Sometimes people sigh at me for being such an anglophile. And in these Brexit times I am increasingly seeing their point. The insular attitude of the Brits is not exactly helpful at the moment.
But then a strange oddity like Gryphon’s new album ‘Reinvention’ comes along and makes me forget all of that.
You really have to be a bit insular to make an album like this.
Gryphon were a band that got away with putting out albums of medieval music back in the 70s by adding drums and amplifiers to their crumhorns, lutes, flutes and whatnot, and calling it prog.
Here they are back with their first album in 40 years or so, with all their original members (except Richard Harvey) chipping in together with some new recruits. 40 years might seem like a long hiatus, but in the medieval perspective it feels just like yesterday.
And the new album can easily be compared to the original ones, as the nice folks at Esoteric Records are just now releasing a double CD with remastered versions of all the original albums. Particularly, the irresistibly titled ‘Midnight Mushrumps’ and ‘Red Queen to Gryphon Three’ are highly recommended albums as far as I am concerned.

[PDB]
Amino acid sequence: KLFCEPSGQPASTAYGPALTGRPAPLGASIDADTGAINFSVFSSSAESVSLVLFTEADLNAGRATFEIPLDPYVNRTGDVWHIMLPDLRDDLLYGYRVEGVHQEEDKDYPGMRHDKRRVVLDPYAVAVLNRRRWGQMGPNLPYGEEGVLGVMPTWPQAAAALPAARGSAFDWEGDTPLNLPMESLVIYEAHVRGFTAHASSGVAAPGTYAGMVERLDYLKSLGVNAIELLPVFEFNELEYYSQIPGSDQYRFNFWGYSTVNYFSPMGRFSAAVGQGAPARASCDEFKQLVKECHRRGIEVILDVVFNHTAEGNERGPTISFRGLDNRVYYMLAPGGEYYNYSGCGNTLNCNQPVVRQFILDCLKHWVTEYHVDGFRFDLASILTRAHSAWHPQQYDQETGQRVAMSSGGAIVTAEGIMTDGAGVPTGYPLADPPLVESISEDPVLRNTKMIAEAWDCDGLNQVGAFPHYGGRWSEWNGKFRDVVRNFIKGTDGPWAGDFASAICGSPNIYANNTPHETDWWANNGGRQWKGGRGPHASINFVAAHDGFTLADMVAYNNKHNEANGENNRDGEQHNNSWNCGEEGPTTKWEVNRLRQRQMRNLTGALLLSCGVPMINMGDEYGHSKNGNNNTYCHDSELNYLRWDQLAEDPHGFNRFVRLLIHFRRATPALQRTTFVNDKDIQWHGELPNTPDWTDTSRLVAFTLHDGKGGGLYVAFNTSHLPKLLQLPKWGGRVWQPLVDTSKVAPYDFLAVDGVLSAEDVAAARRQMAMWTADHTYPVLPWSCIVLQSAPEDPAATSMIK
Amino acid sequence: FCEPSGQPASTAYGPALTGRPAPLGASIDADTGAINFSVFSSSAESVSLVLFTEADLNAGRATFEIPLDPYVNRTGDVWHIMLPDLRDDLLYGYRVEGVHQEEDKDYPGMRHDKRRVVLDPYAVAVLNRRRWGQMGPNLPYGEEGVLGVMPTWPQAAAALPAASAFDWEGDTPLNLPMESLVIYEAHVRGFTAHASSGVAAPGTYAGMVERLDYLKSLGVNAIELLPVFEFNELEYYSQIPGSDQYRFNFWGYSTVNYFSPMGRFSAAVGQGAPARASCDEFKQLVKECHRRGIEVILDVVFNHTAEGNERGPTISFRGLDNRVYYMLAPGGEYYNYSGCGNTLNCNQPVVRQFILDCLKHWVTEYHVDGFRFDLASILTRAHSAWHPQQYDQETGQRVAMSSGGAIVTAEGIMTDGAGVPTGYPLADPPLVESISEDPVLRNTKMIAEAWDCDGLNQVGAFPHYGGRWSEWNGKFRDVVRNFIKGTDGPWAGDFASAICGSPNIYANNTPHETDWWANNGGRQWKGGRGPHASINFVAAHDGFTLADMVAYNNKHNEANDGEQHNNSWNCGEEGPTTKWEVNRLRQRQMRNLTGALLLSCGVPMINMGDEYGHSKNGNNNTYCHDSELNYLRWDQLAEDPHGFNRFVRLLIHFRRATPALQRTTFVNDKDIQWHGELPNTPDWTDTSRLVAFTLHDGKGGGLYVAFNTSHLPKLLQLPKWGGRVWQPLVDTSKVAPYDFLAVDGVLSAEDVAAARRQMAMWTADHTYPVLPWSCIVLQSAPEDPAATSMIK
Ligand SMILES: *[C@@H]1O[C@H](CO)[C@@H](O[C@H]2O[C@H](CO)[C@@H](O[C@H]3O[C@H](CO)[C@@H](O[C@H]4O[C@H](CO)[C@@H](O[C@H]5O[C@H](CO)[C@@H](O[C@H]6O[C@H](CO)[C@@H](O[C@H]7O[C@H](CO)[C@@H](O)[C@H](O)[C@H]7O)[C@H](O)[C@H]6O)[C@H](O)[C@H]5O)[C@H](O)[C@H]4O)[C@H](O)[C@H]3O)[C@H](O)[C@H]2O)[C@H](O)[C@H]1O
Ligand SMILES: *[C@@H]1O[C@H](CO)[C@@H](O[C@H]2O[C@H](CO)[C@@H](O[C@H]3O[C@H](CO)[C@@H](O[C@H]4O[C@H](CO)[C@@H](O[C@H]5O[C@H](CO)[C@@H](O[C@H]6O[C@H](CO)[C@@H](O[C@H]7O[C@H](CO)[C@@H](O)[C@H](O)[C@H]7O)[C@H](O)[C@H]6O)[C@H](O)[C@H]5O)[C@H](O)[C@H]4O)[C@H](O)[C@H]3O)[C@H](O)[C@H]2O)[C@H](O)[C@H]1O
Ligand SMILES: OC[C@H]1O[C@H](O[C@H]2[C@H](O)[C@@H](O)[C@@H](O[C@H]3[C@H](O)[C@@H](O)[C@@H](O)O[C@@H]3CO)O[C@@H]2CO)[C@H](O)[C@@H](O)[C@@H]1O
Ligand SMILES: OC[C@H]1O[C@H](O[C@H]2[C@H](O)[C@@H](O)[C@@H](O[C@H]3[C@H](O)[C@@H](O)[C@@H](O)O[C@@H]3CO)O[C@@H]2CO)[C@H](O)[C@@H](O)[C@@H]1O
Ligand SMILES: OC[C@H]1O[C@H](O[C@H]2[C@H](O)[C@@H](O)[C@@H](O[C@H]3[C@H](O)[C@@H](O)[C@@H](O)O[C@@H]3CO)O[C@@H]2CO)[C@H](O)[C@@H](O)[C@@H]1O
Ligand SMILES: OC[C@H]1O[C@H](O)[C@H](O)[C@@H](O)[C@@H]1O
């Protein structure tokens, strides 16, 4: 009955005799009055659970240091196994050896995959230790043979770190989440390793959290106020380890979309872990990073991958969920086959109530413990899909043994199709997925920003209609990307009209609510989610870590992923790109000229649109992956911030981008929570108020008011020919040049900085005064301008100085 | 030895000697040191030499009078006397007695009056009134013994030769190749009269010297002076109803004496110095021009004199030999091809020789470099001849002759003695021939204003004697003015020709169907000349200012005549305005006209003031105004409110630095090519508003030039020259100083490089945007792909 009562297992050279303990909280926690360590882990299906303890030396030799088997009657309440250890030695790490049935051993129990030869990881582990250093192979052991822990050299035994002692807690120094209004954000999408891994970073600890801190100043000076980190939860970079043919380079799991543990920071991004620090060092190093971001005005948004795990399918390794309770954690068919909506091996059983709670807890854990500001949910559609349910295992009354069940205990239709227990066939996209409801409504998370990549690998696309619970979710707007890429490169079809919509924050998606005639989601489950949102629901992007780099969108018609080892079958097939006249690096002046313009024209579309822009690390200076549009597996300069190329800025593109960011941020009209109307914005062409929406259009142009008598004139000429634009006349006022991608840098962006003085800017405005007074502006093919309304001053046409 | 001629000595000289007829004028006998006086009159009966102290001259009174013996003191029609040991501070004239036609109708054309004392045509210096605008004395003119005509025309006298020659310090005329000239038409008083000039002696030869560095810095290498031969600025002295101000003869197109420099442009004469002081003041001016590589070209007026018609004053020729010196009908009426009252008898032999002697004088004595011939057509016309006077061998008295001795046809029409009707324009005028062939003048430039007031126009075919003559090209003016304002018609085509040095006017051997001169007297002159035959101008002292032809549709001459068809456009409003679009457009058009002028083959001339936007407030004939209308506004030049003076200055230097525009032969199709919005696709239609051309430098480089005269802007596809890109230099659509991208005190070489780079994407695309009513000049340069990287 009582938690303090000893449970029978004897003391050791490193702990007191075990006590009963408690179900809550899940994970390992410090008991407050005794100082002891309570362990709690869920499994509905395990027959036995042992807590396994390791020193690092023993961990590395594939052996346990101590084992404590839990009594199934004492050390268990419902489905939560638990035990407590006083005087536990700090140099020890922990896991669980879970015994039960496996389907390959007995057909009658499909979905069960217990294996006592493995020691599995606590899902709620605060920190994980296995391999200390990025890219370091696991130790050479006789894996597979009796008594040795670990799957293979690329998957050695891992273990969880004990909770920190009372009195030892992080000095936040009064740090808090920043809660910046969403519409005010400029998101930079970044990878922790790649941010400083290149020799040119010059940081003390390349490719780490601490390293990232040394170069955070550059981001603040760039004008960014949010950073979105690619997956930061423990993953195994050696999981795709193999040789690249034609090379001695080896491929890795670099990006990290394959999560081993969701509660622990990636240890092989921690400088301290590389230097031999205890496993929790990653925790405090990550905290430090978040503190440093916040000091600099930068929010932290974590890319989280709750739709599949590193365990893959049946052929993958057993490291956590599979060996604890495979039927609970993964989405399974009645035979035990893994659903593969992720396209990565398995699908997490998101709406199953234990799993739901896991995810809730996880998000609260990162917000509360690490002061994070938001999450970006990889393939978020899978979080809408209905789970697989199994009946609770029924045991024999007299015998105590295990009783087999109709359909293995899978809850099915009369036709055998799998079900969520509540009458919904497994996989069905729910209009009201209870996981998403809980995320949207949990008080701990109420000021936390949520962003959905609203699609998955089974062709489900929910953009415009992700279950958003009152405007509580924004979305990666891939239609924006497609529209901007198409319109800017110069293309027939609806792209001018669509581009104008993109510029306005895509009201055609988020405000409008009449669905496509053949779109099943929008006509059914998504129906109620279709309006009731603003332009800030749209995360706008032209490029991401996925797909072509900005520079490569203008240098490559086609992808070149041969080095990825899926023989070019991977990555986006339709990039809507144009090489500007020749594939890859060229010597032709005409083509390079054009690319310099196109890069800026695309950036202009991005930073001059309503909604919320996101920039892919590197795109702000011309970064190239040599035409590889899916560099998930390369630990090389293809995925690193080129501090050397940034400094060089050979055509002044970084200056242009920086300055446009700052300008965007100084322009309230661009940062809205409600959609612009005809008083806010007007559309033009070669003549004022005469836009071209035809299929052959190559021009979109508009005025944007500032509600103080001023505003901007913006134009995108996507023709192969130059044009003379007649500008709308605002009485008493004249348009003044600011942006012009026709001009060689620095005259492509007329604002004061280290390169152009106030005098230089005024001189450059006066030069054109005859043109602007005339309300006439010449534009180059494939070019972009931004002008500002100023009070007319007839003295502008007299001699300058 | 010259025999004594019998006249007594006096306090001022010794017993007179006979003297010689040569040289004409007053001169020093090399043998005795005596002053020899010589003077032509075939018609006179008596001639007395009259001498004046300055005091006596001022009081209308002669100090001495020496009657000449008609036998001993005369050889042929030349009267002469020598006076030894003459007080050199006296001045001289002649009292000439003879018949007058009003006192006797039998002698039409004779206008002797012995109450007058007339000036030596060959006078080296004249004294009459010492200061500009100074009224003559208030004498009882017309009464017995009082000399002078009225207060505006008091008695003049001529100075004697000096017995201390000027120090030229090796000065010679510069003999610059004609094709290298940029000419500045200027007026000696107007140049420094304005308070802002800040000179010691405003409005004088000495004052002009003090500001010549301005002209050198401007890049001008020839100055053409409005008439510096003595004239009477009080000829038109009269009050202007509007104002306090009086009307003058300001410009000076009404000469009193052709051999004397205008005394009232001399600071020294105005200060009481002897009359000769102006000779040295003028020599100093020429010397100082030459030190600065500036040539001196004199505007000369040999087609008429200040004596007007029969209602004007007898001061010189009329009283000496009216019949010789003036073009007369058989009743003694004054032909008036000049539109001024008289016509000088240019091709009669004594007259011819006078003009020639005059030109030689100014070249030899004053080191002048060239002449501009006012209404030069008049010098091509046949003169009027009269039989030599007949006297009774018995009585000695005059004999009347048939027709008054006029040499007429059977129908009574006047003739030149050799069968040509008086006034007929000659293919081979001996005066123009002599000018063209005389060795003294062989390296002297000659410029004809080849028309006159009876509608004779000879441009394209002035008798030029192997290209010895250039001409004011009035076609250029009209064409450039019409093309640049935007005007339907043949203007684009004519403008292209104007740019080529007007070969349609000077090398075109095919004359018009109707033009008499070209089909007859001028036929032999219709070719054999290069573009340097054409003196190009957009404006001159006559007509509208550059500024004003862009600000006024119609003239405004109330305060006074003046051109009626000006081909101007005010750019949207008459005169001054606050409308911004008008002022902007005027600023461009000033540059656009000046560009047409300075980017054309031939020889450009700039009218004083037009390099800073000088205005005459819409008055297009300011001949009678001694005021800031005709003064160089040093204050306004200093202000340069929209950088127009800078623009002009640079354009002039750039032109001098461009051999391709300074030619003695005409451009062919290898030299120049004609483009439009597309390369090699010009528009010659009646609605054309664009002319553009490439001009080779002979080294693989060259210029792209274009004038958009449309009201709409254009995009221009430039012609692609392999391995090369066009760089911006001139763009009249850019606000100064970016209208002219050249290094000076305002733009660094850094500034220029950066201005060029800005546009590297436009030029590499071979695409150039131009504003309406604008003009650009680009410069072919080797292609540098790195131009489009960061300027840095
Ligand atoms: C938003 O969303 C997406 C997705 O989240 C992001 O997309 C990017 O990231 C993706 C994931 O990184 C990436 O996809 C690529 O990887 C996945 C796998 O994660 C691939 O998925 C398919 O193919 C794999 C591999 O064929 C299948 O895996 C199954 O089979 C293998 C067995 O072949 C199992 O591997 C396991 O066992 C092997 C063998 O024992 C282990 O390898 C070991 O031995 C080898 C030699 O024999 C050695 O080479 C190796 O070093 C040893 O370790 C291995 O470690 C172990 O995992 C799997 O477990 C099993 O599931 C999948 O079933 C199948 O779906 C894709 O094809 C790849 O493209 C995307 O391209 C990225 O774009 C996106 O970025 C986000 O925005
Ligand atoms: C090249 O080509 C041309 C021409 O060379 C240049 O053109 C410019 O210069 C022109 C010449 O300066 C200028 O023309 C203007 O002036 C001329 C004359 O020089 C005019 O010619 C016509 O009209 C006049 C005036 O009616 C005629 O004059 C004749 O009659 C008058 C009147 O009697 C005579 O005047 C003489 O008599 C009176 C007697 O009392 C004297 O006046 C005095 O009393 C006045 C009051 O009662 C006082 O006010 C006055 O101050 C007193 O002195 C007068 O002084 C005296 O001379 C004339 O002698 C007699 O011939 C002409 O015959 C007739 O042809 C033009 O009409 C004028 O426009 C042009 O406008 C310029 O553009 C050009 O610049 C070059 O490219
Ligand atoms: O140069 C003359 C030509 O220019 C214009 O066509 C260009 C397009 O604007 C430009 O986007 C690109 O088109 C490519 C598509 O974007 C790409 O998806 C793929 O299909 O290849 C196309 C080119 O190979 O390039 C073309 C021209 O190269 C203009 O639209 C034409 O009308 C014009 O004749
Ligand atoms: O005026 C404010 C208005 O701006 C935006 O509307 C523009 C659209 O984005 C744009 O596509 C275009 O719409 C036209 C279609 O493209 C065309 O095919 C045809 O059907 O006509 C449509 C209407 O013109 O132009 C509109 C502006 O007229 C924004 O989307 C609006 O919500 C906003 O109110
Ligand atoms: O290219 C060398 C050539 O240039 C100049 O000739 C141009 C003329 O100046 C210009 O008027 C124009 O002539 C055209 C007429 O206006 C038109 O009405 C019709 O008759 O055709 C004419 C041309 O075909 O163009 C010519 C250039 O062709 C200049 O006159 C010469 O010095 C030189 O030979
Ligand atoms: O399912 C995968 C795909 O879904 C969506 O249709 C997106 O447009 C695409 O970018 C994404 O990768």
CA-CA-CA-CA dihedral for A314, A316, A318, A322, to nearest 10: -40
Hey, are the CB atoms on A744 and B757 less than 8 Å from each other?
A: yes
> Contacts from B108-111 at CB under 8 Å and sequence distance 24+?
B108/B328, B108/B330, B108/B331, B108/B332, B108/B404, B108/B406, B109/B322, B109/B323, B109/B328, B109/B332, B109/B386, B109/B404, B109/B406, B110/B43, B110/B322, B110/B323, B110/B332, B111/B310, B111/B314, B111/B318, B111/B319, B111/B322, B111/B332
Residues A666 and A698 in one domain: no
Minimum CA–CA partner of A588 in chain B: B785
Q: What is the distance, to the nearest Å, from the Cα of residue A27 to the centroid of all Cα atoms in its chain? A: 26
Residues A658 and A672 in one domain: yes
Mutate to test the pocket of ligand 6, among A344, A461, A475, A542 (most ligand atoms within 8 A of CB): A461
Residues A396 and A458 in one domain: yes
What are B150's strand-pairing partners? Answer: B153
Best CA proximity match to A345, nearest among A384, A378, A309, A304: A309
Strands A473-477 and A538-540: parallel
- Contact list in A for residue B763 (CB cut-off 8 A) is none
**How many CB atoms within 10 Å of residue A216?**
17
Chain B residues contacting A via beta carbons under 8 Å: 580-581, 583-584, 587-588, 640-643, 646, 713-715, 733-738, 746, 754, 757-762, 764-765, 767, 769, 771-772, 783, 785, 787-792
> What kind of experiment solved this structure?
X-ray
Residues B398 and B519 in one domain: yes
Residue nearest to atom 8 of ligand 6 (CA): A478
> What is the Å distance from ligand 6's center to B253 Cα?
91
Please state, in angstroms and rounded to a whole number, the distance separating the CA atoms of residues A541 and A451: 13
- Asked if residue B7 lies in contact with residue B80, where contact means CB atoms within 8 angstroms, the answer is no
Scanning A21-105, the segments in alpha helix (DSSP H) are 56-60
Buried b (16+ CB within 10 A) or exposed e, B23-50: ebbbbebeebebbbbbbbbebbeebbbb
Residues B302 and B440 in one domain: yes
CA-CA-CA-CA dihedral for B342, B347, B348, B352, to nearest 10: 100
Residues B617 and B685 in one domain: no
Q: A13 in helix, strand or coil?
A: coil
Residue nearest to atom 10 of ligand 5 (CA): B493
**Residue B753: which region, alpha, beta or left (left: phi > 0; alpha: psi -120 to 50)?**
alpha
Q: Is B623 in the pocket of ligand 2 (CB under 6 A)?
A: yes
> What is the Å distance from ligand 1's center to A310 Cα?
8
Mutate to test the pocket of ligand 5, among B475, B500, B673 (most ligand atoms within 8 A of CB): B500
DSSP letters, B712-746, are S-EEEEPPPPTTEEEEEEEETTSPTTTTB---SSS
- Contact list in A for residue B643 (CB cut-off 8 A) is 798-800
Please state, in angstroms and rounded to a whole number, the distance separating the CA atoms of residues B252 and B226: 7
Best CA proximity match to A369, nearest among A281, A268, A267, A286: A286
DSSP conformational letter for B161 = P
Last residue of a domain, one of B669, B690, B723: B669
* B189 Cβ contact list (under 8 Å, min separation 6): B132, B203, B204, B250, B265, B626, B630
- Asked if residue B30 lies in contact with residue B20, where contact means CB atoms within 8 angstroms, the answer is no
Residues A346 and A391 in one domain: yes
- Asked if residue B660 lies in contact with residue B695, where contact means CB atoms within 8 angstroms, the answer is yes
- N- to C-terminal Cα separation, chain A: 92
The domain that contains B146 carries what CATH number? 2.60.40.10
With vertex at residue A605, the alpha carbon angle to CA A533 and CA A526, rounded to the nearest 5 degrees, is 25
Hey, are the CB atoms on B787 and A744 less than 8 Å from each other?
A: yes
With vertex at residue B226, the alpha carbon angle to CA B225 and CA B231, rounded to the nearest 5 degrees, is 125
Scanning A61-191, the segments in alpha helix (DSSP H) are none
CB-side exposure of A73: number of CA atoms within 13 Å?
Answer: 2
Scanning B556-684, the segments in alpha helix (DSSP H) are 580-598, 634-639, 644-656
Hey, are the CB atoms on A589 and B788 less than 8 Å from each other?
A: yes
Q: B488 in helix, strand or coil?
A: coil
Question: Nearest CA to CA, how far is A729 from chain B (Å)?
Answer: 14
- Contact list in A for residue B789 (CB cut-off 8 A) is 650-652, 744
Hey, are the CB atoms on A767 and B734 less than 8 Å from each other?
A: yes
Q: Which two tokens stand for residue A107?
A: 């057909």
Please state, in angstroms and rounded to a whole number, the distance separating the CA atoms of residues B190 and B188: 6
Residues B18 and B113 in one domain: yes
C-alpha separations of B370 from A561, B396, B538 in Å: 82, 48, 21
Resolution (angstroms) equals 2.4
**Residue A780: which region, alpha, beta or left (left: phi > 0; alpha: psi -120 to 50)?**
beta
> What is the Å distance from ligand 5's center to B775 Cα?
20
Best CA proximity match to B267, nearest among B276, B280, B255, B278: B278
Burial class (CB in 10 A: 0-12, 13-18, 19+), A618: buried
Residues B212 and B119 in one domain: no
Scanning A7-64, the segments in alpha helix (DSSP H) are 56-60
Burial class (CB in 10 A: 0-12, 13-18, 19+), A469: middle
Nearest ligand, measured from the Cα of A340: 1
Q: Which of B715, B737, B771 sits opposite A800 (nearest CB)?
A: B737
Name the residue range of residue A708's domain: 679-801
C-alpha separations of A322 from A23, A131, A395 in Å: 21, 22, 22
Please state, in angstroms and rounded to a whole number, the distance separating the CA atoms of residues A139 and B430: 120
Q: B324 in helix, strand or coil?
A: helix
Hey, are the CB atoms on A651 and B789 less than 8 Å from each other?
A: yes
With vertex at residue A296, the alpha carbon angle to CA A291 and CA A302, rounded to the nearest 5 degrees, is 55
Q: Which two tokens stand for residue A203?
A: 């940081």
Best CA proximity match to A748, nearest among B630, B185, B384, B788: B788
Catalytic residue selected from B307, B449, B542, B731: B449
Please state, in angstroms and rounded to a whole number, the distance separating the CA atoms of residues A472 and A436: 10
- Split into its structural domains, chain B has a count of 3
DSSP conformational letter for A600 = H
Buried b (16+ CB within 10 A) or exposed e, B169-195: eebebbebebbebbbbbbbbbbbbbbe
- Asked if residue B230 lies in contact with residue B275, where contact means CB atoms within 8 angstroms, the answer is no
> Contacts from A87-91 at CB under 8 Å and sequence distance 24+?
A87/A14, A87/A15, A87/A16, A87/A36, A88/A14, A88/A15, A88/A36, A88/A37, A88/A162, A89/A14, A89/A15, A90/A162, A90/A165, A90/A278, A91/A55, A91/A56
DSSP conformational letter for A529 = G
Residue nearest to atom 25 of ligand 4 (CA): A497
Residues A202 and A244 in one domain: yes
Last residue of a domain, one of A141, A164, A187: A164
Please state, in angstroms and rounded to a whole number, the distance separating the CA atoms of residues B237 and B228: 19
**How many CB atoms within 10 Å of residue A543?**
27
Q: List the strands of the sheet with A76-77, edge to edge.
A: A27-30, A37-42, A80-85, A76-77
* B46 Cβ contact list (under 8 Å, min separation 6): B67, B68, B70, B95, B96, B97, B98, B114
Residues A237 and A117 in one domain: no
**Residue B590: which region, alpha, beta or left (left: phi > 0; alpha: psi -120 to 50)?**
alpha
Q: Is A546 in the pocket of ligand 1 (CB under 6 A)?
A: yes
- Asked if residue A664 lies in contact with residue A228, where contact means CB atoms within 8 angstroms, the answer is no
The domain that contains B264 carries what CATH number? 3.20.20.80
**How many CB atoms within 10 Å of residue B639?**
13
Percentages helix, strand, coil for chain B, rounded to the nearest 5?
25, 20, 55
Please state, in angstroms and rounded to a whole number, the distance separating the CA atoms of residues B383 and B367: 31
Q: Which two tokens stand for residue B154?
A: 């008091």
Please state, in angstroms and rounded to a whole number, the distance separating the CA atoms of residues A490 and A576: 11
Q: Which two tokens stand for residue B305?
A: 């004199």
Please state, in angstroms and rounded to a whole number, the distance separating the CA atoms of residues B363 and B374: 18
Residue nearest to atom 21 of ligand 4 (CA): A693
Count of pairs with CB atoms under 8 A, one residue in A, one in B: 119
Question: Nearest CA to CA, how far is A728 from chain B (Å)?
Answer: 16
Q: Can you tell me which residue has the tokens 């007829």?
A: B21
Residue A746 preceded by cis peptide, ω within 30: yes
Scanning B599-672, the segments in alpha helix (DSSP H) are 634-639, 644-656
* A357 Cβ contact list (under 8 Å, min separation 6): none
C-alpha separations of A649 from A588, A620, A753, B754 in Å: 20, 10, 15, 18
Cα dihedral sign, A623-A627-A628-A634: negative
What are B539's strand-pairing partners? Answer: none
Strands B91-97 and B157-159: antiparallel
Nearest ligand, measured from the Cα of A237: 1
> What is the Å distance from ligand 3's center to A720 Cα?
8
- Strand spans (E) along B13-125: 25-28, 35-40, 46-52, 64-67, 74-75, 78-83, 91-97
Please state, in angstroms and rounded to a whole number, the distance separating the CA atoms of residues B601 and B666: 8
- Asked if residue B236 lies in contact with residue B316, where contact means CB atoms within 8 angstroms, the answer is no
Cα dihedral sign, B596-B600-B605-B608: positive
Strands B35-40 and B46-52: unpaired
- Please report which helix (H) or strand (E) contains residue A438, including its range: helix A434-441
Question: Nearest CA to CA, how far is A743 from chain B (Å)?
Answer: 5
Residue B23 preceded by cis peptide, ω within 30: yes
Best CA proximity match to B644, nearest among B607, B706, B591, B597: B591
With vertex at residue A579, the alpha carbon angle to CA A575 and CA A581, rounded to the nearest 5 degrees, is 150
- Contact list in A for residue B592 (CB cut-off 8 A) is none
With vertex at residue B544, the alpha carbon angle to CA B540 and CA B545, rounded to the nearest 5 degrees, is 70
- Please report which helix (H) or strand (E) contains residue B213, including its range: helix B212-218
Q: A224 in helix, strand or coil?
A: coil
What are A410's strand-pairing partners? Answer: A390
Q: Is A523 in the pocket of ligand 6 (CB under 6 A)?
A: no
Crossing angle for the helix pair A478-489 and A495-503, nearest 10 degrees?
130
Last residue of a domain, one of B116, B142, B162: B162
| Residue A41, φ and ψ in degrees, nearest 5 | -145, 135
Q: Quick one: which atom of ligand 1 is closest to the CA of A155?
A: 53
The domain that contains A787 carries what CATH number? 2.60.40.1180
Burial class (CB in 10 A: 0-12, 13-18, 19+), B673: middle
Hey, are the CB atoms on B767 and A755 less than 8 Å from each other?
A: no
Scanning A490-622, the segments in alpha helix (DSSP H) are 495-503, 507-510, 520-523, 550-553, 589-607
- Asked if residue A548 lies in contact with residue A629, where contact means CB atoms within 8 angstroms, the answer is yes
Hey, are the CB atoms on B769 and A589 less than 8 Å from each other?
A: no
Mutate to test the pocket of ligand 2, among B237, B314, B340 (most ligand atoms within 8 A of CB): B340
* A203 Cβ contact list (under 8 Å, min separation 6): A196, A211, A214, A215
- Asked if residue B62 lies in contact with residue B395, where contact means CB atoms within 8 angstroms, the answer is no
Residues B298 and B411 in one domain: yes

Although Gryphon got away with calling themselves a rock band back then, they really weren’t. And they still are not. How about music for a Robin Hood reunion party? Even the singer sounds like a bard at King Edward’s court. Well-articulated and declamatory as if trained to make himself understood to a large crowd without extra amplification.
In any case, a track like ‘Haddock’s Eyes’ is exactly the type of thing I simply adore.
‘Haddock’s Eyes’ is a term for the name of a song sung by The White Knight in Lewis Carroll’s ‘Through the Looking-Glass’, in chapter VIII to be exact. It involves a lot of convoluted play on different levels of symbolisation, which you can read more about elsewhere. The whole thing is just plain silly, while somehow managing to be not contrived and really quite smashing.
It is in fact all the way up there with Mike Batt’s musical rendition of ‘The Hunting of the Snark’.
And by the way, the Brits will suffer more from Brexit than the rest of us. So keep calm and carry on, if that really is what is needed to keep this kind of music flowing.